Written collaboratively by Krista Ehlert, Jameson Brennan, Hector Menendez and Tanse Herrmann, NRCS State Grazinglands Soil Health Specialist – South Dakota.
In a previous article, Five Range Management Principles or Rancher Rules were introduced to help producers make management decisions on rangelands. Each of the five principles will be elaborated on through this article series. The fourth principle describes the importance of residual forage from a soil health perspective. Residual forage, specifically, is the green, living leaves and stems. In contrast, residue is the dead plant material on the surface or “litter.” Both are important when discussing soil health.
In general, soil health is the concept of how well a soil does what we want it to do; healthy soil provides key ecosystem services, such as filtering air, water and nutrients; producing crops and productive grazing lands; and supporting wildlife. Soil is not to be mistaken with “dirt,” which implies that something is dead; instead, soil is living! One teaspoon of productive soil can be home to 100 million to 1 billion bacteria (NRCS1). The mass of microbes in the soil is equivalent to about 2 cows per acre! Moreover, there are some bacteria in the soil that influence water movement; they produce a substance known as “soil glue” that binds soil particles into small aggregates (a high level of soil aggregate stability means that the soil is resistant to breaking apart when exposed to external factors, like water and wind erosion, shrinking and swelling, and tillage).
Why is residual forage (a.k.a. soil armor) important?
Residual forage, or the amount of forage that is left behind after a grazing event, is also known by some as the first principle of soil health – “soil armor” (NRCS2). It is critically important and provides several benefits, including the following:
Residual forage can provide sugars known as root exudates that help feed microbial communities, helping to keep them functioning.
Wind and water erosion are less of a concern in soil that has strong armor. Residual forage helps hold the soil organic matter and nutrients in place. The loss of topsoil evokes images out of the Dust Bowl, but those images can also be found today (Figures 1 and 2) – the value of topsoil with respect to nutrients amounts to nearly $3,000 per acre.
If the soil is covered, the moisture inside it is more protected from evaporation. We add mulch to gardens to keep the moisture from escaping and to help keep weeds out – same idea here!
Standing residual forage effectively captures snow, which not only adds another insulating layer to the soil surface, but it is essential in having effective ground water recharge in the spring with snow melt. That means that even if we don’t receive timely rains in the spring for new growth, the pasture still has enough ground water present to get started.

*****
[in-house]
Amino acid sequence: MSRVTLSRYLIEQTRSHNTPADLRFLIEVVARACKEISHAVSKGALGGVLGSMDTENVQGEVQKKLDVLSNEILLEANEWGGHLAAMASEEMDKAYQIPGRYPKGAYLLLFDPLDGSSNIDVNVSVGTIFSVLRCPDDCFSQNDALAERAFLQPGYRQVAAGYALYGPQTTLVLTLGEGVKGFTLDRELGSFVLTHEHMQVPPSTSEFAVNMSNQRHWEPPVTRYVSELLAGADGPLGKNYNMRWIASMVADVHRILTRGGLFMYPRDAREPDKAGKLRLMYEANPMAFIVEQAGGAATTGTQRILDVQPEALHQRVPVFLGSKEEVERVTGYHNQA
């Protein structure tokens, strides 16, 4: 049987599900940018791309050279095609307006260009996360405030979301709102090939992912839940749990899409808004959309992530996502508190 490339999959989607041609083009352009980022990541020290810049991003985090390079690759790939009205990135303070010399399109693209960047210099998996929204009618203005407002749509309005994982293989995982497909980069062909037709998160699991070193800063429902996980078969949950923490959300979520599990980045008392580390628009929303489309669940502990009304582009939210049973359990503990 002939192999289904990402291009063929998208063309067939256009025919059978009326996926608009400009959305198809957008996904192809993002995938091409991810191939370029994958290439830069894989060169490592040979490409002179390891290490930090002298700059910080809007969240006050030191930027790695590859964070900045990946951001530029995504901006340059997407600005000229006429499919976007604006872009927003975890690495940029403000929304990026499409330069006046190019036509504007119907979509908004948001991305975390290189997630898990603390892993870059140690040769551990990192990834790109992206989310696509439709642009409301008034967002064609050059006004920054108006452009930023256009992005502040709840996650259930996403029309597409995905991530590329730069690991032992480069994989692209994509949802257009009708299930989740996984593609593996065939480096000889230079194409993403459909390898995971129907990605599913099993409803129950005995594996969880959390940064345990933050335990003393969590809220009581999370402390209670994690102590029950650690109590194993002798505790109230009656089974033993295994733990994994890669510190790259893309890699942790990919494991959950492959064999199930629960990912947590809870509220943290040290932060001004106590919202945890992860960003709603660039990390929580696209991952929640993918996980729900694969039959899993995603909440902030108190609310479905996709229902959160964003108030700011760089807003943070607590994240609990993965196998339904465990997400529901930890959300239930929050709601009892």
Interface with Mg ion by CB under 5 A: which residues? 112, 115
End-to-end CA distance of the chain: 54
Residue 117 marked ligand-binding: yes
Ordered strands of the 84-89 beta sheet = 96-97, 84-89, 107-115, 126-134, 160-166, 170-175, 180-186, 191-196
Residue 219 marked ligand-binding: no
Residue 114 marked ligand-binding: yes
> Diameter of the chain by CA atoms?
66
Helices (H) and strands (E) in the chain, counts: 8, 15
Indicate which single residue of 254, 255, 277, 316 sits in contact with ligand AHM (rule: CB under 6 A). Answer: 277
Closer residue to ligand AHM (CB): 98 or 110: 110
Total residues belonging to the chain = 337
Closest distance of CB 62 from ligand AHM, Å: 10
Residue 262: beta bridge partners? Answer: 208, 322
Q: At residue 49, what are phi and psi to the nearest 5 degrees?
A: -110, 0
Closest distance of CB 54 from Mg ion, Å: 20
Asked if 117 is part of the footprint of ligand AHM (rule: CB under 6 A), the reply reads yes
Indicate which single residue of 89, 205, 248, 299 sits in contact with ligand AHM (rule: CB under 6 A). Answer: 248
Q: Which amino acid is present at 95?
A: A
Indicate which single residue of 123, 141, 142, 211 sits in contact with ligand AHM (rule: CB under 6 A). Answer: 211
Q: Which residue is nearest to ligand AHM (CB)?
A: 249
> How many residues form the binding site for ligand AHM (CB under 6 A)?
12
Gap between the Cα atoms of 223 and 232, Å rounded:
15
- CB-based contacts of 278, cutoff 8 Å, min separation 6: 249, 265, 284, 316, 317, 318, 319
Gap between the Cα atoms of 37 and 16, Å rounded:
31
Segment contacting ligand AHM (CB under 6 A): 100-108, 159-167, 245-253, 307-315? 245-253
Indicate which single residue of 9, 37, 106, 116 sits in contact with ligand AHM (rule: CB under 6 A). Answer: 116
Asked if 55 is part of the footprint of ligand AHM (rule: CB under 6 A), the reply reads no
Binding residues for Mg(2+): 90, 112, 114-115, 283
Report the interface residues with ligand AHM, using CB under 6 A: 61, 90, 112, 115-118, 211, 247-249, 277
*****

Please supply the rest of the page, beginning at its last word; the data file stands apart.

Like the idea that keeping the soil covered prevents evaporation, it also results in moderate soil temperatures. You can test this by placing a thermometer in a bare patch of soil versus one that has residual forage – the former will always be warmer in the summer and colder in the winter by several degrees! Temperature extremes (over 70 to 80 degrees Fahrenheit or below freezing) are not conducive to high-functioning soil biology, as demonstrated in Figure 3.
When a raindrop hits the ground, ideally it infiltrates into the soil, where plant roots can uptake it. When rain falls on bare soil, it essentially “bounces off,” and does not get infiltrated, and instead dissipates and causes compaction. One way to think about this is having a parking lot versus a lush, covered grassland – when rain falls in the parking lot, it runs off the landscape—much like it does when it hits bare soil.
Weeds are great competitors, which means when there is open space to move into, they do just that. Maintaining a level of residual forage creates a level of competition that can effectively keep out unwanted species and make it difficult for them to establish.
How much soil armor is enough?
A general rule of thumb is to not graze below a 4-inch height. This is to protect the plant and allow photosynthesis to continue, which will produce most of the carbohydrates needed to produce new leaves. If there is inadequate green leaf material left, the plant moves carbohydrates from where they are stored in the roots into the stem to make new leaves – overtime, this is detrimental to the roots. In addition, taking off too much green leaf material means that a longer recovery time is needed, especially during times of high stress like a drought. Similarly, tiller density in the fall and plant vigor the following spring is negatively impacted when inadequate residual is left.
Understanding the importance of residual forage – the amount of green leaf left after a grazing event – can aid producers in developing a grazing plan that fits the goals for their operation. When soil is treated as a living component of the system, producers can start to capitalize on the symbiotic relationship that occurs when soil health is front and center – the soil provides a strong foundation for the range, which in turn, provides high-quality forage for cattle, resulting in a great return on investment in the form of breed up, average daily gain, and more money in the pocketbook. For more information on residual forage, reach out to your SDSU Extension or Natural Resources Conservation Service (NRCS) range specialists.